hydrogen and oxygen, and then pump the hydrogen around like natural gas,
burning it for energy where needed. Such an environmentally benign
carbonless energy system would ape the photon-based powerpacks in plant
By pushing industrial processes toward the organic model, bionic
engineers create a spectrum of ecosystem types. At one extreme are pure,
natural ecosystems like an alpine meadow or a mangrove swamp. These
systems can selfishly be thought to produce biomass, oxygen, foodstuffs,
and thousands of fancy organic chemicals, a few of which we harvest. At
the other extreme are pure, raw industrial systems, which synthesize
compounds not found in nature, or not found in such large volumes. In
between are a spectrum of hybrid ecosystems such as marshland sewage
treatment plants (which use microbes to digest waste) or wineries (which
use living yeast to make vintage brews), and soon, bioengineered
processes that will use gene-spliced organisms to produce silk or
vitamins or glues.
Both genetic engineering and industrial ecology promise the third
category of bionic systems -- part biology, part machine. We have only
begun to imagine the varieties of ecotech systems that could create the
things we desire.
Industry will inevitably adopt biological ways because:
It takes less material to do the same job better. Cars, planes,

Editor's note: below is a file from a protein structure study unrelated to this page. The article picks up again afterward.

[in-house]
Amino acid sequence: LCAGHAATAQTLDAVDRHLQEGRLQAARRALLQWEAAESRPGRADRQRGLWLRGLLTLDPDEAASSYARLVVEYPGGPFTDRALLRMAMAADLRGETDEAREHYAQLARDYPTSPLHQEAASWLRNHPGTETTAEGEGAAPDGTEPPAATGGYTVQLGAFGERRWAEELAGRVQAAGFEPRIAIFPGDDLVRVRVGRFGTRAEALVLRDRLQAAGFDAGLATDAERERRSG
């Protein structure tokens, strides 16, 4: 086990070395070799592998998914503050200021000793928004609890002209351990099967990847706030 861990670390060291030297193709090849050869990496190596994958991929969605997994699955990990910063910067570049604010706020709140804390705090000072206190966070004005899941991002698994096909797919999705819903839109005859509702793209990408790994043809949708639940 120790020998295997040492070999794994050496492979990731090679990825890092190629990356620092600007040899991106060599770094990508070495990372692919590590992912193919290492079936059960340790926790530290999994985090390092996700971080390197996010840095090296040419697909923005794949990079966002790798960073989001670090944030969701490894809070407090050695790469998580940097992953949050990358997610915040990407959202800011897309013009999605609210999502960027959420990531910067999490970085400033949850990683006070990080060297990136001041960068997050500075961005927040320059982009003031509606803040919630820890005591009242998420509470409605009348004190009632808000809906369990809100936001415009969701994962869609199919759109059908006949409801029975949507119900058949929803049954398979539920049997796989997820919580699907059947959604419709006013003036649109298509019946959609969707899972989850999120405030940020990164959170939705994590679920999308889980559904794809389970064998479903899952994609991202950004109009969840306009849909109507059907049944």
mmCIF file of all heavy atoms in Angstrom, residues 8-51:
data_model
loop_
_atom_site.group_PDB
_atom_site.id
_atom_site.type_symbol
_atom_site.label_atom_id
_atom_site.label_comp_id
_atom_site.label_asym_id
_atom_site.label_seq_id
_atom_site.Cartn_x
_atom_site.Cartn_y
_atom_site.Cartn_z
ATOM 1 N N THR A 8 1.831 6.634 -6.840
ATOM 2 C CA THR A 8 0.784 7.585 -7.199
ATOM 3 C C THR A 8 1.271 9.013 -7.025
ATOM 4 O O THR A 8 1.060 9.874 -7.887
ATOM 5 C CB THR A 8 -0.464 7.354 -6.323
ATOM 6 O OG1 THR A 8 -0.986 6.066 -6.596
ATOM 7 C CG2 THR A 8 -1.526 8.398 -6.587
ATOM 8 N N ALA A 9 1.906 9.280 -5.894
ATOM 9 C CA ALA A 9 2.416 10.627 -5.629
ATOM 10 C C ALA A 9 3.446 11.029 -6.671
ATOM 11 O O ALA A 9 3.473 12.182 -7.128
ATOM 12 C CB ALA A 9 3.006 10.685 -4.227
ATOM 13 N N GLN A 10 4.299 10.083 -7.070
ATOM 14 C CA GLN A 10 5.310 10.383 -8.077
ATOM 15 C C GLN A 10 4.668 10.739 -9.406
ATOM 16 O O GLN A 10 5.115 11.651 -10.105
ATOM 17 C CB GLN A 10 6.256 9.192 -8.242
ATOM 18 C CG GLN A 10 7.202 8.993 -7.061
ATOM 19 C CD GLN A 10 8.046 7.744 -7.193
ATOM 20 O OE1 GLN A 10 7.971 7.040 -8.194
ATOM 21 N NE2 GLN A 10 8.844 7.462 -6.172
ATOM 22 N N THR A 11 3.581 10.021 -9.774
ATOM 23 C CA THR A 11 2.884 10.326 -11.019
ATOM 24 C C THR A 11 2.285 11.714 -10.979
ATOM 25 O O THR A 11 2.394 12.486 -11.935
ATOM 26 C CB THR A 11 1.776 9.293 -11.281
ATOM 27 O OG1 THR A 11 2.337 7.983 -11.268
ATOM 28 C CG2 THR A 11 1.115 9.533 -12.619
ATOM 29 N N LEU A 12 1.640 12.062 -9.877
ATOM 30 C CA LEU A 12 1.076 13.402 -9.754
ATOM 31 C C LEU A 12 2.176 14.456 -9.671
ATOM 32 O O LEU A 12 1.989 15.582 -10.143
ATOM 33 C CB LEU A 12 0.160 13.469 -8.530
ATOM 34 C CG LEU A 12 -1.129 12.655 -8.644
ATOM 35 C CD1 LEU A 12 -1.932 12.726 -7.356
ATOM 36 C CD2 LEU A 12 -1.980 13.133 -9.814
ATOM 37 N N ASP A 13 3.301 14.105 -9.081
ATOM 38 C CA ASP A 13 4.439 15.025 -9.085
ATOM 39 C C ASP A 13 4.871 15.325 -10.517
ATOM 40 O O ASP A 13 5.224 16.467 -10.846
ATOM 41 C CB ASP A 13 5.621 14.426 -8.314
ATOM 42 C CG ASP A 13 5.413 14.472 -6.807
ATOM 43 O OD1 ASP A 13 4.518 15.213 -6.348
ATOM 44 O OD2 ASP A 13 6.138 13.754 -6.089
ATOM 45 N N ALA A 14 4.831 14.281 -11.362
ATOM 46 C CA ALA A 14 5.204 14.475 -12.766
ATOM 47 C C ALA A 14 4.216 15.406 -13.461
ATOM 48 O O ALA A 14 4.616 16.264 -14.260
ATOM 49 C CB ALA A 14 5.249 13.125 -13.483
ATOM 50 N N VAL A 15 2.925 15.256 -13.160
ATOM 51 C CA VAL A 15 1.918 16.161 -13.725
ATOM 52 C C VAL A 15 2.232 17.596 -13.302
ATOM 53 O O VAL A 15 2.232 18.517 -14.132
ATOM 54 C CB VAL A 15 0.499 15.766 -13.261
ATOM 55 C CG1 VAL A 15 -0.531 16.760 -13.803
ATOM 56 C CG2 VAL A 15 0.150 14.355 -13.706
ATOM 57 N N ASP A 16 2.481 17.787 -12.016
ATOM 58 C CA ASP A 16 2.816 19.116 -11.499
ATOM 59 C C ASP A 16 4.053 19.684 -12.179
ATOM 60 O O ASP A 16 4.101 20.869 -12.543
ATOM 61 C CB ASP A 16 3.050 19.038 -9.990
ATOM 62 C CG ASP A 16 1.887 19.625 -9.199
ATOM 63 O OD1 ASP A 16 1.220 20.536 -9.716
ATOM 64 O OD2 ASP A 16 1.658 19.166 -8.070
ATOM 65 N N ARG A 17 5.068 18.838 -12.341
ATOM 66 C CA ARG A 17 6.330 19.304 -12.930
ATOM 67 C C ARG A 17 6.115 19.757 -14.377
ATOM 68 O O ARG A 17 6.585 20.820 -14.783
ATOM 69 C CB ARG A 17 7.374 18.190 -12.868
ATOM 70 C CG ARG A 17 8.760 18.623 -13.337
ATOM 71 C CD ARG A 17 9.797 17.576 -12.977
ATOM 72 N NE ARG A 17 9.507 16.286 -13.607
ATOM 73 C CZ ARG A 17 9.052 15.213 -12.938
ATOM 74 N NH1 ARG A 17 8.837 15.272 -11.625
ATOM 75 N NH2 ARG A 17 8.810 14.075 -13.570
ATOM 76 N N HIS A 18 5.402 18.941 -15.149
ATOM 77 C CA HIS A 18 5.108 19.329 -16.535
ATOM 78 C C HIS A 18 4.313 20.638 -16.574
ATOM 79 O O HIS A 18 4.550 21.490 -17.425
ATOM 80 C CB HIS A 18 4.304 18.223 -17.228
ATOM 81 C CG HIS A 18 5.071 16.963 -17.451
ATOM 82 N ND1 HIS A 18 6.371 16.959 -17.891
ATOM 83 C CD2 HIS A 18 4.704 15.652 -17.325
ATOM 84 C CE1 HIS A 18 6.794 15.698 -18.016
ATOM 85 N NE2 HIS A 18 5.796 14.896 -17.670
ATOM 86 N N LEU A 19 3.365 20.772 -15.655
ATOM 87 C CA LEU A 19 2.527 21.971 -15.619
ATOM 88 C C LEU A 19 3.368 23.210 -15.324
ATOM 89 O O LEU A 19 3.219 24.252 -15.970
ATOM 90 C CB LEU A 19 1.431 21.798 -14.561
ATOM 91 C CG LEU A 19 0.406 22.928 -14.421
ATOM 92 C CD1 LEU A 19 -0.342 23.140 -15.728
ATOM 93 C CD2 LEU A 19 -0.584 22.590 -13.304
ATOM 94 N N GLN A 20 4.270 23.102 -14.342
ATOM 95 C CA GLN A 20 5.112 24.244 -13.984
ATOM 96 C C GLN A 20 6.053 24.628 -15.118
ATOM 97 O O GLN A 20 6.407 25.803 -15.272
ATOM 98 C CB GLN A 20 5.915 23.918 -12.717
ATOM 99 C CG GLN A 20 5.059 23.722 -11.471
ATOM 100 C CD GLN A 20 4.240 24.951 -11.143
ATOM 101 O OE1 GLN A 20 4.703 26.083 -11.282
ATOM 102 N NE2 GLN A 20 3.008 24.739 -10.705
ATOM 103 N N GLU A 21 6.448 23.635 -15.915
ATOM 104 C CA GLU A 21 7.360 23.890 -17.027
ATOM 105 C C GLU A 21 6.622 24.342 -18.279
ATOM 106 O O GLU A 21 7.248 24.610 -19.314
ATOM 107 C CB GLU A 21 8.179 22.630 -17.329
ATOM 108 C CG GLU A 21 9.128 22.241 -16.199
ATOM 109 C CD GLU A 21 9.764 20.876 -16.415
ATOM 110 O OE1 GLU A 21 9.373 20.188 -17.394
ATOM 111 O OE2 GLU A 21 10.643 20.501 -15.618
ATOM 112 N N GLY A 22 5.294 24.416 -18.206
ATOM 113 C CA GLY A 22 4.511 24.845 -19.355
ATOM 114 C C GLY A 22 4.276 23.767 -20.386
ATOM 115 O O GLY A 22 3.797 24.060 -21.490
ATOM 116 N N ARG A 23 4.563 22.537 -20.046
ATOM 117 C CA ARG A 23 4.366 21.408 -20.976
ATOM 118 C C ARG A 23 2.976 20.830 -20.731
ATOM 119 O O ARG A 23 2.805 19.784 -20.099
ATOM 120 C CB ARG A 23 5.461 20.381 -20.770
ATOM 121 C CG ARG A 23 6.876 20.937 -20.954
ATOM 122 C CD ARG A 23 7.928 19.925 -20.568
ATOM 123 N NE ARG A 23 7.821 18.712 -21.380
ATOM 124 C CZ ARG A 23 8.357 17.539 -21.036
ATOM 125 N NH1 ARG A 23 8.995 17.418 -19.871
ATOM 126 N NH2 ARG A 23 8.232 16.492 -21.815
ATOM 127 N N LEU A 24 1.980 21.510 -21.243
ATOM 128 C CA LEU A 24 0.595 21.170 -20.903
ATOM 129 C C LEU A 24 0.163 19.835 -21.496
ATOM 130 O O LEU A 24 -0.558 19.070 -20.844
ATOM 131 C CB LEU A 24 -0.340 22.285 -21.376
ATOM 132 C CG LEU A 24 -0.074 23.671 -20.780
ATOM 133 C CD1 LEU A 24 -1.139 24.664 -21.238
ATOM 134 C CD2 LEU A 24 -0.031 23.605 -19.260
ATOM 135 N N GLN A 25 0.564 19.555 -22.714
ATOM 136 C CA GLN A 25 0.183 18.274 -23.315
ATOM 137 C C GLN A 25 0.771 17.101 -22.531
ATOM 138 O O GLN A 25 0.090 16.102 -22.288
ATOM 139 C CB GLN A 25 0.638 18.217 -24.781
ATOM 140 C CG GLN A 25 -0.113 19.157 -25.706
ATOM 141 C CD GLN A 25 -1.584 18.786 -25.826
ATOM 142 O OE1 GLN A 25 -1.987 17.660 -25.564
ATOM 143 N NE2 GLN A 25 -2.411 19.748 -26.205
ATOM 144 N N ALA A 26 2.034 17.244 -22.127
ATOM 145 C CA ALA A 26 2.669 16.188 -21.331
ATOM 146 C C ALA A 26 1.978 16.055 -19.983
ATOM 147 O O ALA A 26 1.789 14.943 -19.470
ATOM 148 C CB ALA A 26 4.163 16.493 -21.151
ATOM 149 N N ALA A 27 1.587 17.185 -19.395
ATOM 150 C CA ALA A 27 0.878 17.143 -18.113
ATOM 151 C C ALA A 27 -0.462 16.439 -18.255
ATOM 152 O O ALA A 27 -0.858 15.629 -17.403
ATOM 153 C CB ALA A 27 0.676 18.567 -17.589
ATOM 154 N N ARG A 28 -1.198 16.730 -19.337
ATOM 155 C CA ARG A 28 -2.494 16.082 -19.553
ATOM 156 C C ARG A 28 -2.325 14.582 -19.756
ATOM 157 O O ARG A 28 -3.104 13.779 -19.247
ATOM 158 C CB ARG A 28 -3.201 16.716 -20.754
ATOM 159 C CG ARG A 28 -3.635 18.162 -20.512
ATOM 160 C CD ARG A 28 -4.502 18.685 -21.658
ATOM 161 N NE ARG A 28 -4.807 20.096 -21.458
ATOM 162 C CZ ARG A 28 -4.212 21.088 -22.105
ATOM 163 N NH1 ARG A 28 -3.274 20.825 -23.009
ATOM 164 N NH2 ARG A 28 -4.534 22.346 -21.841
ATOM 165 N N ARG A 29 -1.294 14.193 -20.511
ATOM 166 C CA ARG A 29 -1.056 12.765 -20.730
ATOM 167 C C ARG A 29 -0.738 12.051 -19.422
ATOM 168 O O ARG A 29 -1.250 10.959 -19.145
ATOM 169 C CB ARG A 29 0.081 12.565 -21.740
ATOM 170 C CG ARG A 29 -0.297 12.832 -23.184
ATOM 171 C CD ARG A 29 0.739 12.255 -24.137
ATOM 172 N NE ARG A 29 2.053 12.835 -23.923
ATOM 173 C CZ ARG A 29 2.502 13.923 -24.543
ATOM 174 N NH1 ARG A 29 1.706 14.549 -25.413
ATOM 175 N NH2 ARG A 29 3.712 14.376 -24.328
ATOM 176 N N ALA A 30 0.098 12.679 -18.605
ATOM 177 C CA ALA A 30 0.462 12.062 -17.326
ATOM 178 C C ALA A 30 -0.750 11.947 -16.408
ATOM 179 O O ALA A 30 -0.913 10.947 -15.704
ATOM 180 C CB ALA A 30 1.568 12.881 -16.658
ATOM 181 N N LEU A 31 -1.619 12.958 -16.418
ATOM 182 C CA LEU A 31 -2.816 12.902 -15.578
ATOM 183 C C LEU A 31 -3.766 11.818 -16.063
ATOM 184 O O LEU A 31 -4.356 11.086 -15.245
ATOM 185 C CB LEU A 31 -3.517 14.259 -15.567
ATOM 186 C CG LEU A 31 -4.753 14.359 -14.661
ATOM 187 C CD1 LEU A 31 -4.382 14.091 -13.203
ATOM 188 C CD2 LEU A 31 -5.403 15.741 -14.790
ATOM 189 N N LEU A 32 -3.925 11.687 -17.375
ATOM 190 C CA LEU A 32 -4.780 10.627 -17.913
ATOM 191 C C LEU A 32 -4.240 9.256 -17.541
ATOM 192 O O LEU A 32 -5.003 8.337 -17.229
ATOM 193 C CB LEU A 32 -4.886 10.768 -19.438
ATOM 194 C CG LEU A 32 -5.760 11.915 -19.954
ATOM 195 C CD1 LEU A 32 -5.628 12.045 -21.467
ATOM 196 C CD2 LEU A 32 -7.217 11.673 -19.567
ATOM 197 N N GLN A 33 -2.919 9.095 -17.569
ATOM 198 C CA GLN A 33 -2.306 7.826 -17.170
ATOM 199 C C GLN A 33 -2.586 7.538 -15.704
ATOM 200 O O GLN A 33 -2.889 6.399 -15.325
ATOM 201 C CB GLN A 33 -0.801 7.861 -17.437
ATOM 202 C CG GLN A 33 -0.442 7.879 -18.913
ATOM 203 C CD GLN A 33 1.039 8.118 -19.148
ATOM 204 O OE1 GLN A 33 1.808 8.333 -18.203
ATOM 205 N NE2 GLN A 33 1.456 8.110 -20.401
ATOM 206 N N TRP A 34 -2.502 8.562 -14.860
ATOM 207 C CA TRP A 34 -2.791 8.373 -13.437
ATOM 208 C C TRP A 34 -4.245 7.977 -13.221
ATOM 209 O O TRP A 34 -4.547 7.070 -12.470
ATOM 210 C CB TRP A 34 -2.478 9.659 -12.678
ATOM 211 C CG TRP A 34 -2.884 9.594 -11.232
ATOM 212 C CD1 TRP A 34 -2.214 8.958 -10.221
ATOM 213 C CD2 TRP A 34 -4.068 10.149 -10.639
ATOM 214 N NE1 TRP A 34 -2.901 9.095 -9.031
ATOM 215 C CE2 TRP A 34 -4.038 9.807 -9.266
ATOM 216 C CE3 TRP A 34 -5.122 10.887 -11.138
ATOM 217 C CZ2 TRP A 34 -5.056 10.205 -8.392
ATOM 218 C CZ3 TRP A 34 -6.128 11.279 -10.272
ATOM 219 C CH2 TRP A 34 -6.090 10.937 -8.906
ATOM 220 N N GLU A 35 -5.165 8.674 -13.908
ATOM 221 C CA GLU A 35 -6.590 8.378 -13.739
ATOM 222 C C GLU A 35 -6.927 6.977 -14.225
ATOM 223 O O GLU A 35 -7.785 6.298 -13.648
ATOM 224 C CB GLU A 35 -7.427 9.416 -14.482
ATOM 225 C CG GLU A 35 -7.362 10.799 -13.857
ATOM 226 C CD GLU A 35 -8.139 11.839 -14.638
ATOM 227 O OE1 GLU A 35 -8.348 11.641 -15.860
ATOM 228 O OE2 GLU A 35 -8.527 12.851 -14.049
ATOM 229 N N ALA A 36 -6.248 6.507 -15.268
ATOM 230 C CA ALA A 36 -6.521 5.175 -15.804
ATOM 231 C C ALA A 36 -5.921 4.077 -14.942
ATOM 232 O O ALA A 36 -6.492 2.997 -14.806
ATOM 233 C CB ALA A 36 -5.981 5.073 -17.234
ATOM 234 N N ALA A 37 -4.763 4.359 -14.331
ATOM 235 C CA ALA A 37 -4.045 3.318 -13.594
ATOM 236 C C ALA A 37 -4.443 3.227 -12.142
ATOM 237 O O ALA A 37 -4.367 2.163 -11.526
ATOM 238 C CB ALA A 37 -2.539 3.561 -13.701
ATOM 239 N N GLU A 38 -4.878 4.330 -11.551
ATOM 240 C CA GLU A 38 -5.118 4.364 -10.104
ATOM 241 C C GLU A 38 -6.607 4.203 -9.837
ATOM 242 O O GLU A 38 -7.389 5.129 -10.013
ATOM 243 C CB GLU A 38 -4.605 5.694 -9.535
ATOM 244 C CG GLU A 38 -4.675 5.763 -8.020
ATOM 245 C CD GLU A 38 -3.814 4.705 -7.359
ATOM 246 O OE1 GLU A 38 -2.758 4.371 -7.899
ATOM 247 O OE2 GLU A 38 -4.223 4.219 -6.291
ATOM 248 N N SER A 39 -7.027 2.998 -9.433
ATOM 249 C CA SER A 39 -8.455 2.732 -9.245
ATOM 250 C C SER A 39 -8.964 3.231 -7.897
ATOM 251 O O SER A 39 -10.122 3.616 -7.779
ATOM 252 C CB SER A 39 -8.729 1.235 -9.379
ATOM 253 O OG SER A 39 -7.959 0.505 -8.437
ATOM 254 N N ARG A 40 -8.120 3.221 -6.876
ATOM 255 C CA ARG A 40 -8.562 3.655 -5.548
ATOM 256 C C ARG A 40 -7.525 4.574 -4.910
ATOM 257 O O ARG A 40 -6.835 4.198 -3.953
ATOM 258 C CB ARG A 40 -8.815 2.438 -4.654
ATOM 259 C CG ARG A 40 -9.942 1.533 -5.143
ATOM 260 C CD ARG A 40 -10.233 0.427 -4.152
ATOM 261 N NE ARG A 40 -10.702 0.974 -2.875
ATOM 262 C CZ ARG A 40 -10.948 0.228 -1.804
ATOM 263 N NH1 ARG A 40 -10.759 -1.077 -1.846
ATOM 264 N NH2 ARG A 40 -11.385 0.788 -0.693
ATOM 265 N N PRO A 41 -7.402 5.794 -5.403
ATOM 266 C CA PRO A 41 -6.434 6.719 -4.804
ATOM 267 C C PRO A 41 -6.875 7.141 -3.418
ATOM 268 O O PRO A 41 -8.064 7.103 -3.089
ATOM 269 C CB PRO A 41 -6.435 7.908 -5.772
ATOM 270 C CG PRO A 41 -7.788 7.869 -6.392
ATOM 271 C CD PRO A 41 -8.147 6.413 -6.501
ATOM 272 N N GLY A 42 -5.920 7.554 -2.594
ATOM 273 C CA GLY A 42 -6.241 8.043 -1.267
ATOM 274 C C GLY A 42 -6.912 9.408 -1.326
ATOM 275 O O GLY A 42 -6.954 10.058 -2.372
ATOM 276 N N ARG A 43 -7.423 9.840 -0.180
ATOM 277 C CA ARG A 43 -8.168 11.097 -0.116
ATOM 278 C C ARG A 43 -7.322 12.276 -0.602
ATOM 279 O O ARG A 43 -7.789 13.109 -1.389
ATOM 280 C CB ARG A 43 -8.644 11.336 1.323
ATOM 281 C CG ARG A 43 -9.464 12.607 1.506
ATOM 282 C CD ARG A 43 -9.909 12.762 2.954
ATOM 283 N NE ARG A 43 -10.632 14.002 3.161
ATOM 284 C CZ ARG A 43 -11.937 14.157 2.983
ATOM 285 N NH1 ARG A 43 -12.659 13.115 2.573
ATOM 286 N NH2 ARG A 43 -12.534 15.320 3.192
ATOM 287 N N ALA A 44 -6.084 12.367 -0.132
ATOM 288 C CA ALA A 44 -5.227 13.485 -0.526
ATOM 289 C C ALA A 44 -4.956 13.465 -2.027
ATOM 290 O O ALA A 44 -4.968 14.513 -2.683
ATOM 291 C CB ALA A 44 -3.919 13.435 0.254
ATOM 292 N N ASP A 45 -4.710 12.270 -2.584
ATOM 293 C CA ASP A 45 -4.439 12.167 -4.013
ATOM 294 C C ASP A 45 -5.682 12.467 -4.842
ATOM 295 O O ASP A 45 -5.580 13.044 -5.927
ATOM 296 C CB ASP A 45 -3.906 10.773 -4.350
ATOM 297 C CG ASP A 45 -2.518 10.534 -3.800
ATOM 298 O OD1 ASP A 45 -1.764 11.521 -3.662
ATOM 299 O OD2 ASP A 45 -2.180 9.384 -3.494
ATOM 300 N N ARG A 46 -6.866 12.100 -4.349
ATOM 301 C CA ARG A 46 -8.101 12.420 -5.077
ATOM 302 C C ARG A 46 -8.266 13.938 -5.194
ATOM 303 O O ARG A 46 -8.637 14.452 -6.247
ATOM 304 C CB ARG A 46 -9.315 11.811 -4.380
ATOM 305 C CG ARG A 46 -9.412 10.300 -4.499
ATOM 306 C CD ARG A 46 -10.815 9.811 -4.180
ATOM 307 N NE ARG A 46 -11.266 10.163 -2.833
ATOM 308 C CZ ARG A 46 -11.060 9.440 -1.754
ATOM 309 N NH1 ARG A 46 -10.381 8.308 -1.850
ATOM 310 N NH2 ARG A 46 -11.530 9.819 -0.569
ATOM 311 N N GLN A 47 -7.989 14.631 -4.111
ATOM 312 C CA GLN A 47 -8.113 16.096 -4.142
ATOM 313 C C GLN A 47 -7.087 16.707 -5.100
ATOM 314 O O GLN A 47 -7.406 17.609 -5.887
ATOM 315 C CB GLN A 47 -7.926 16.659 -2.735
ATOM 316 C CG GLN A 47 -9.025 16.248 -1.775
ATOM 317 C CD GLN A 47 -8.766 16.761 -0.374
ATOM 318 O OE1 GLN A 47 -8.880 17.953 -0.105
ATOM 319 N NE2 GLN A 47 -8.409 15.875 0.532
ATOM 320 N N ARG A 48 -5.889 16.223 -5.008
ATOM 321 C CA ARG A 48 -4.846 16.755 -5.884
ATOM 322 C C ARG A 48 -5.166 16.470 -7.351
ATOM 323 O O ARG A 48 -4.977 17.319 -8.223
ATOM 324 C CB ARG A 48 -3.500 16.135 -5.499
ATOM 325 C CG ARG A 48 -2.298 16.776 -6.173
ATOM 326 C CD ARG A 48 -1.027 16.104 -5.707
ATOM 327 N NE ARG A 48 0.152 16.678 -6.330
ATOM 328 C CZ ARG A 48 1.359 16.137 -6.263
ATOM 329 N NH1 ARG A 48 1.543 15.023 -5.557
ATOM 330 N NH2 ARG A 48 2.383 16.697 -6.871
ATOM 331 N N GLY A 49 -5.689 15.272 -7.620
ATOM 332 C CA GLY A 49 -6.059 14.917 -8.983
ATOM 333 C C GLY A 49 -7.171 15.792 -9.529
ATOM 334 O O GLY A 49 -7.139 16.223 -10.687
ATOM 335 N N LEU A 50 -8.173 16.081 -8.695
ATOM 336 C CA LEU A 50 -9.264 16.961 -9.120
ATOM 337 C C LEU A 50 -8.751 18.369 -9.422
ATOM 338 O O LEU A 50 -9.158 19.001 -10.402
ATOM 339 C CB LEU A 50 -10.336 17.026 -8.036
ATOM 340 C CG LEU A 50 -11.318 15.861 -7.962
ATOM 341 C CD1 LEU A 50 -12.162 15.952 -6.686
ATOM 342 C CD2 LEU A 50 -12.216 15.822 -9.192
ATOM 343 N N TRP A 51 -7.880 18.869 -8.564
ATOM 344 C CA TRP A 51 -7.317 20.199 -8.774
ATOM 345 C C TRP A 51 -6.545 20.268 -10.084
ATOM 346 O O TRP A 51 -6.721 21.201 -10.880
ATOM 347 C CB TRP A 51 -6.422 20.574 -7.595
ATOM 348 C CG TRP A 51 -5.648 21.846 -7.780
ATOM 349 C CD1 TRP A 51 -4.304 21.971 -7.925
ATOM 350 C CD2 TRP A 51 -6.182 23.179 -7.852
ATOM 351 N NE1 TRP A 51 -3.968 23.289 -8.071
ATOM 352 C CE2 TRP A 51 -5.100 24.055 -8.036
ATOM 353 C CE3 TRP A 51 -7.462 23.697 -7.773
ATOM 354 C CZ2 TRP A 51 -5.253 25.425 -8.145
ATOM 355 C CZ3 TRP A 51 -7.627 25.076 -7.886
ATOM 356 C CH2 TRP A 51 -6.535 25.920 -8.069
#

houses, and, of course, computers, now consume less material than two
decades ago, and give far better performance. Most of the processes that
will generate our wealth in the future will shrink to biological scale
and resolution, even when these processes make products as large as
redwood trees. Manufacturers will perceive natural biological processes
as competitive and inspirational, and this will drive manufactured
processes toward biological-type solutions.
The complexity of built things now reaches biological complexity.
Nature, the master manager of complexity, offers priceless guidance in
handling messy, counterintuitive webs. Artificial complex systems will
be deliberately infused with organic principles simply to keep them
Nature will not move, so it must be accommodated. Nature -- which is
larger than us and our contraptions -- sets the underlying pace for
industrial progress, so the artificial will have to conform to the
natural in the long term.
The natural world itself -- genes and life forms -- can be engineered (and
patented) just like industrial systems. This trend narrows the gap
between the two spheres of natural and artificial/industrial ecosystems,
making it easier for industry to finance and appreciate the
Anyone can see that our world is steadily paving itself over with